“After more than a decade of delay, we have passed inclusive hate crimes legislation to help protect our citizens from violence based on what they look like, who they love, how they pray or who they are.”

“As a nation we’ve come far on the journey toward a more perfect union and today we’re taking another step forward.”

He described hate crimes as “… crimes that are meant not only to break bones but to break spirits, not only to inflict harm but to inspire fear. We understand that the rights afforded every citizen under our Constitution mean nothing if we do not protect those rights from unjust laws and violent acts and we understand how necessary this law continues to be.”

Lifted from: An Inch at a Time.


"Crimes that are meant not only to break bones but to break spirits"

hatex390

obamasigning

No one in America should ever be afraid to walk down the street holding the hand of the person they love.”
.
Here are the remarks President Obama made a few minutes ago following the signing of the Matthew Shepard/James Byrd Hate Crime Prevention Act into law.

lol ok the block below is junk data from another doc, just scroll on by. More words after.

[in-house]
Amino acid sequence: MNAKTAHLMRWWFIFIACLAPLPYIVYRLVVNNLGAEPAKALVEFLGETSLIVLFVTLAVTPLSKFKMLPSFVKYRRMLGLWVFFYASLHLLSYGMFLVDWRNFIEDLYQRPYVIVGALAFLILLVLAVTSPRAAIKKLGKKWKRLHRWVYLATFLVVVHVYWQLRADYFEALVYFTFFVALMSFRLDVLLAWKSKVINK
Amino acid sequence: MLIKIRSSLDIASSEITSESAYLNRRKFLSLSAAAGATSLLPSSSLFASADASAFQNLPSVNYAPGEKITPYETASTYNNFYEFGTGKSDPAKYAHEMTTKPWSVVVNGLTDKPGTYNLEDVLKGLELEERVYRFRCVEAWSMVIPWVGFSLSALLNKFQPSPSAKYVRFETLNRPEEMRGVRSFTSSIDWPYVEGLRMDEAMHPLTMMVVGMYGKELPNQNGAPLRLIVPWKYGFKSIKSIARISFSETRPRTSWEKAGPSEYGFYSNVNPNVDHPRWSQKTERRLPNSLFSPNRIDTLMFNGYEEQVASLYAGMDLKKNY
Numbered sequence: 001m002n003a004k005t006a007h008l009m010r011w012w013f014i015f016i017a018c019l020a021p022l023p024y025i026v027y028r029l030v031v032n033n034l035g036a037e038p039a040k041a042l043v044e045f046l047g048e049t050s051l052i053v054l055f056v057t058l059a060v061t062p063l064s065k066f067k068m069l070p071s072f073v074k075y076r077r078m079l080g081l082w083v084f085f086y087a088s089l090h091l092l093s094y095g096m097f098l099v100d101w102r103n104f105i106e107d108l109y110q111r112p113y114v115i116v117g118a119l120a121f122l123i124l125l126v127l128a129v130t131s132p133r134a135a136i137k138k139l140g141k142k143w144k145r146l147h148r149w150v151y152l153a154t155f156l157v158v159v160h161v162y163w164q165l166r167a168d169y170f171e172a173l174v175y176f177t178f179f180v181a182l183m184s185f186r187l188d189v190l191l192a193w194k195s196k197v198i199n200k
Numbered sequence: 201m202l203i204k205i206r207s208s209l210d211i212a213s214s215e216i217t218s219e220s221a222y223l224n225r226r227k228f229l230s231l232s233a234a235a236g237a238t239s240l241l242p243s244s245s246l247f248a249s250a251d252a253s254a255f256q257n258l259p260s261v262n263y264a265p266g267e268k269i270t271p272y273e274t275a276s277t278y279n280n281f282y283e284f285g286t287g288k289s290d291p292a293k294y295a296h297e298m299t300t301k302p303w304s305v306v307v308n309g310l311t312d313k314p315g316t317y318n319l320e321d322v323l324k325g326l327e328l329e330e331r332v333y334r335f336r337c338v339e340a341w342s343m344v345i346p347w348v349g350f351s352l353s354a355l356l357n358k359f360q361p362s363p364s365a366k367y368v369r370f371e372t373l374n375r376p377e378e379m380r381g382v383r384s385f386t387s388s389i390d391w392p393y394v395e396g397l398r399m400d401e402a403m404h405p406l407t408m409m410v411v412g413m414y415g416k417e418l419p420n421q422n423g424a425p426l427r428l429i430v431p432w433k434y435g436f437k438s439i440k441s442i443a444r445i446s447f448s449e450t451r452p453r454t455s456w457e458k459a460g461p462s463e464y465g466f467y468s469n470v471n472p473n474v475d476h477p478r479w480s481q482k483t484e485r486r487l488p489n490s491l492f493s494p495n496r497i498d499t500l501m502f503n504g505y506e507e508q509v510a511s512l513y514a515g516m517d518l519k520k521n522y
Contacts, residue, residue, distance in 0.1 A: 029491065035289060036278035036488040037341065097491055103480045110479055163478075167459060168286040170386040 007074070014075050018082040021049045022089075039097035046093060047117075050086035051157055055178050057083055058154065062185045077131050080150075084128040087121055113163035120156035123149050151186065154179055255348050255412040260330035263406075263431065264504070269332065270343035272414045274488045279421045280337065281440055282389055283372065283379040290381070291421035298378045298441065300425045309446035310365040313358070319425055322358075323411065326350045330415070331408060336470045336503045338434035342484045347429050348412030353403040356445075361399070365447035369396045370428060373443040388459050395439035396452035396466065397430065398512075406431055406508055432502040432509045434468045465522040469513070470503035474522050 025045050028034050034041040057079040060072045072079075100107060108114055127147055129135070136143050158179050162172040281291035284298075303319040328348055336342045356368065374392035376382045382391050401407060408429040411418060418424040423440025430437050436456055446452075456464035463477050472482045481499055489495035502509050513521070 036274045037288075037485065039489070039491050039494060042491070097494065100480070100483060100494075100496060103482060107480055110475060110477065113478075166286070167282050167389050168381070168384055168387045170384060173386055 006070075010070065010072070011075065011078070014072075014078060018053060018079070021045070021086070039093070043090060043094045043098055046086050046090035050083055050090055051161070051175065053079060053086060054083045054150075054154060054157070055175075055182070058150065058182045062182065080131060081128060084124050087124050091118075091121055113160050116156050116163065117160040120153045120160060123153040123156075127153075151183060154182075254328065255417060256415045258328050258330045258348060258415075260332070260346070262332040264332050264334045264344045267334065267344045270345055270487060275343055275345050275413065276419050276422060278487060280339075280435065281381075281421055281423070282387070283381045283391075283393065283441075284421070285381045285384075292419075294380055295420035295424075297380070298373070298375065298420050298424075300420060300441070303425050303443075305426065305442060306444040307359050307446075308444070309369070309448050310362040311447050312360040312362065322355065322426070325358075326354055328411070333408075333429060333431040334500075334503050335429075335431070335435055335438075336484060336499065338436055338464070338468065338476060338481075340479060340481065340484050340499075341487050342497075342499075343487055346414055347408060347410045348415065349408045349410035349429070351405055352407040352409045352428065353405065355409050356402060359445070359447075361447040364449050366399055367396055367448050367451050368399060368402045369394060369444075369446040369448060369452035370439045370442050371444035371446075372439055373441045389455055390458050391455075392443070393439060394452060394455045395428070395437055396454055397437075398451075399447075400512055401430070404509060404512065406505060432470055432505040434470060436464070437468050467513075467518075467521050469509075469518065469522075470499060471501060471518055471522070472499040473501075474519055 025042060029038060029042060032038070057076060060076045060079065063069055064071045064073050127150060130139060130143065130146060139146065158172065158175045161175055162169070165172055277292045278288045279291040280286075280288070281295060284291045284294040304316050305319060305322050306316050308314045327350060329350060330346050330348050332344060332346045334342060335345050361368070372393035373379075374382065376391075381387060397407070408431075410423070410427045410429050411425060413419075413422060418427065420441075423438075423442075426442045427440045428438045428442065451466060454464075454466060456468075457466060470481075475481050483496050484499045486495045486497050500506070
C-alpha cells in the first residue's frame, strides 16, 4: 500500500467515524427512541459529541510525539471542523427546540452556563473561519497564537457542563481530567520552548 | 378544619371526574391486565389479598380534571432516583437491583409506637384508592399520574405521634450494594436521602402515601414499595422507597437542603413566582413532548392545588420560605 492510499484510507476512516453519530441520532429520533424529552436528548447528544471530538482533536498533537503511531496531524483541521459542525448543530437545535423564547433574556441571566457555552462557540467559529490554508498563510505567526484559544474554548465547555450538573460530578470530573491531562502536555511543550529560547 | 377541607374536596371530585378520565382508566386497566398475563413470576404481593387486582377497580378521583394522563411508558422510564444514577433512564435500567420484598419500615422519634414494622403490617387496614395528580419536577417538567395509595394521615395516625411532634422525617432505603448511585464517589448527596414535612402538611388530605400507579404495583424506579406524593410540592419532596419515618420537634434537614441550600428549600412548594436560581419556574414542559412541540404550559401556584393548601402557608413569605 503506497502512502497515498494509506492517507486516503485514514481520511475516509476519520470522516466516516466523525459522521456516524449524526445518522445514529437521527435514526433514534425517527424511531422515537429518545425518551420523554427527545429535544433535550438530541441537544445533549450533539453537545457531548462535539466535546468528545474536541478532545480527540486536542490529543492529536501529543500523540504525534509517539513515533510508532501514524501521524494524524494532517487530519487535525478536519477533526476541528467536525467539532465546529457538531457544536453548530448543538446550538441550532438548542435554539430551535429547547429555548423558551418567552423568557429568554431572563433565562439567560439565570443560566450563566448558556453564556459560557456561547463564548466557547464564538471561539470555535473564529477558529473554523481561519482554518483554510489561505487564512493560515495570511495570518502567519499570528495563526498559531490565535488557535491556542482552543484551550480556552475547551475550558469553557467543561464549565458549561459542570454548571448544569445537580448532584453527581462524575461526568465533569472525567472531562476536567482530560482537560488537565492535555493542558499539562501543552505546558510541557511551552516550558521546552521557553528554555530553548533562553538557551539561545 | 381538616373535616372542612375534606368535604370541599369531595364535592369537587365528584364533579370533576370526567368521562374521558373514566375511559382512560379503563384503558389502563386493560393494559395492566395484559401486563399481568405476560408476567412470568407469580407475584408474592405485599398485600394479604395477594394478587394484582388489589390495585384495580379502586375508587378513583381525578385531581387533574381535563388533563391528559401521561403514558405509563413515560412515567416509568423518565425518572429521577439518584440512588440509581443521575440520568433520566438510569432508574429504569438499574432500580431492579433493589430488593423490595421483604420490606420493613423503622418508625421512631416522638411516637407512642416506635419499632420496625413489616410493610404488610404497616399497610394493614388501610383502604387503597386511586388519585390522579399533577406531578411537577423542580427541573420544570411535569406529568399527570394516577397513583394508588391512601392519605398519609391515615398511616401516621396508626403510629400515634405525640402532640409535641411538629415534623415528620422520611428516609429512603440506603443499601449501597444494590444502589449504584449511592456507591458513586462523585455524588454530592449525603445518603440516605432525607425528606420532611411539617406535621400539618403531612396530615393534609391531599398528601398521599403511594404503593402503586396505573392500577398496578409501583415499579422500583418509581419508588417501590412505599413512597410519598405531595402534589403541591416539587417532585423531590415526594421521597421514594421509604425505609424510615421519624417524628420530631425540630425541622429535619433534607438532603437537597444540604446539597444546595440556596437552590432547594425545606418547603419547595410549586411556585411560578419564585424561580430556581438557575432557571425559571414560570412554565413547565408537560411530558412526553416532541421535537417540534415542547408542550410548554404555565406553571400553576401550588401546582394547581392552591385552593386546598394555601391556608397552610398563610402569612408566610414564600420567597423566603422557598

“After more than a decade of delay, we have passed inclusive hate crimes legislation to help protect our citizens from violence based on what they look like, who they love, how they pray or who they are.”

“As a nation we’ve come far on the journey toward a more perfect union and today we’re taking another step forward.”

He described hate crimes as “… crimes that are meant not only to break bones but to break spirits, not only to inflict harm but to inspire fear. We understand that the rights afforded every citizen under our Constitution mean nothing if we do not protect those rights from unjust laws and violent acts and we understand how necessary this law continues to be.”

Lifted from: An Inch at a Time.


Hate crimes bill goes to Obama for signature

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Taken from: CNN. com Online report

WASHINGTON (CNN) — The Senate passed groundbreaking legislation Thursday that would make it a federal crime to assault an individual because of his or her sexual orientation or gender identity.

The expanded federal hate crimes law now goes to President Obama’s desk. Obama has pledged to sign the measure, which was added to a $680 billion defense authorization bill.

President George W. Bush had threatened to veto a similar measure.

The bill is named for Matthew Shepard, a gay Wyoming teenager who died after being kidnapped and severely beaten in October 1998, and James Byrd Jr., an African-American man dragged to death in Texas the same year.